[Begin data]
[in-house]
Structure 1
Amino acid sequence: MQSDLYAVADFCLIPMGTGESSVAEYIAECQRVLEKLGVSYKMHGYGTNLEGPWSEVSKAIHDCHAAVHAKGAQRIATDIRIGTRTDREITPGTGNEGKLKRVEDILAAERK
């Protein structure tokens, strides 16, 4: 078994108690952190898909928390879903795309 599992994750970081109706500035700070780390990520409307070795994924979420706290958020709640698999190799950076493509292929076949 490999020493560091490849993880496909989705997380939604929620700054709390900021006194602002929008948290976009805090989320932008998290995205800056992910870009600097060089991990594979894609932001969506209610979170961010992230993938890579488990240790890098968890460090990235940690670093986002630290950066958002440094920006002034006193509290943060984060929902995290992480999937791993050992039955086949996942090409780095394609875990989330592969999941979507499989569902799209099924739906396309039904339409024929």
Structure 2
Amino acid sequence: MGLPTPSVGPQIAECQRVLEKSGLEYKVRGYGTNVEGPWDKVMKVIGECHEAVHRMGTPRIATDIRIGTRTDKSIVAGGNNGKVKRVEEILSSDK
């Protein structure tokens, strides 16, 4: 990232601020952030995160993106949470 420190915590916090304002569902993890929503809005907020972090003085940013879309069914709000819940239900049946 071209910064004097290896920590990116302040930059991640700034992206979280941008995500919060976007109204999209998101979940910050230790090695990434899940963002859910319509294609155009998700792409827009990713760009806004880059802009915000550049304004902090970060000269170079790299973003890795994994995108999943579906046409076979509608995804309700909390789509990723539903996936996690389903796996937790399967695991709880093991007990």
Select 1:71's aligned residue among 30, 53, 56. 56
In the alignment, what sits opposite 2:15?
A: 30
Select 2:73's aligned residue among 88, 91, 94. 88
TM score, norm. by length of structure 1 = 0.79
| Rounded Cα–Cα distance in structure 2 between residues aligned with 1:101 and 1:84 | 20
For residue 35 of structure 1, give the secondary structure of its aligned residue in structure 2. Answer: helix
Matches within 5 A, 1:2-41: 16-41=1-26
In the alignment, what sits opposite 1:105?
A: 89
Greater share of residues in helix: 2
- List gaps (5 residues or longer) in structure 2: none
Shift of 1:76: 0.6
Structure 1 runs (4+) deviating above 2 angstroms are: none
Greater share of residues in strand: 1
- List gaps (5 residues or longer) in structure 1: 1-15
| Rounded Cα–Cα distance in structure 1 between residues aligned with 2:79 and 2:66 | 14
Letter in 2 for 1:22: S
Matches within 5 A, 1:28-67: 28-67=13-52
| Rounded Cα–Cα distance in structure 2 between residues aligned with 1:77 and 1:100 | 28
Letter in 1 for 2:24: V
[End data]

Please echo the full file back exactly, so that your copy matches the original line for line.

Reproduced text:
[in-house]
Structure 1
Amino acid sequence: MQSDLYAVADFCLIPMGTGESSVAEYIAECQRVLEKLGVSYKMHGYGTNLEGPWSEVSKAIHDCHAAVHAKGAQRIATDIRIGTRTDREITPGTGNEGKLKRVEDILAAERK
């Protein structure tokens, strides 16, 4: 078994108690952190898909928390879903795309 599992994750970081109706500035700070780390990520409307070795994924979420706290958020709640698999190799950076493509292929076949 490999020493560091490849993880496909989705997380939604929620700054709390900021006194602002929008948290976009805090989320932008998290995205800056992910870009600097060089991990594979894609932001969506209610979170961010992230993938890579488990240790890098968890460090990235940690670093986002630290950066958002440094920006002034006193509290943060984060929902995290992480999937791993050992039955086949996942090409780095394609875990989330592969999941979507499989569902799209099924739906396309039904339409024929």
Structure 2
Amino acid sequence: MGLPTPSVGPQIAECQRVLEKSGLEYKVRGYGTNVEGPWDKVMKVIGECHEAVHRMGTPRIATDIRIGTRTDKSIVAGGNNGKVKRVEEILSSDK
């Protein structure tokens, strides 16, 4: 990232601020952030995160993106949470 420190915590916090304002569902993890929503809005907020972090003085940013879309069914709000819940239900049946 071209910064004097290896920590990116302040930059991640700034992206979280941008995500919060976007109204999209998101979940910050230790090695990434899940963002859910319509294609155009998700792409827009990713760009806004880059802009915000550049304004902090970060000269170079790299973003890795994994995108999943579906046409076979509608995804309700909390789509990723539903996936996690389903796996937790399967695991709880093991007990």
Select 1:71's aligned residue among 30, 53, 56. 56
In the alignment, what sits opposite 2:15?
A: 30
Select 2:73's aligned residue among 88, 91, 94. 88
TM score, norm. by length of structure 1 = 0.79
| Rounded Cα–Cα distance in structure 2 between residues aligned with 1:101 and 1:84 | 20
For residue 35 of structure 1, give the secondary structure of its aligned residue in structure 2. Answer: helix
Matches within 5 A, 1:2-41: 16-41=1-26
In the alignment, what sits opposite 1:105?
A: 89
Greater share of residues in helix: 2
- List gaps (5 residues or longer) in structure 2: none
Shift of 1:76: 0.6
Structure 1 runs (4+) deviating above 2 angstroms are: none
Greater share of residues in strand: 1
- List gaps (5 residues or longer) in structure 1: 1-15
| Rounded Cα–Cα distance in structure 1 between residues aligned with 2:79 and 2:66 | 14
Letter in 2 for 1:22: S
Matches within 5 A, 1:28-67: 28-67=13-52
| Rounded Cα–Cα distance in structure 2 between residues aligned with 1:77 and 1:100 | 28
Letter in 1 for 2:24: V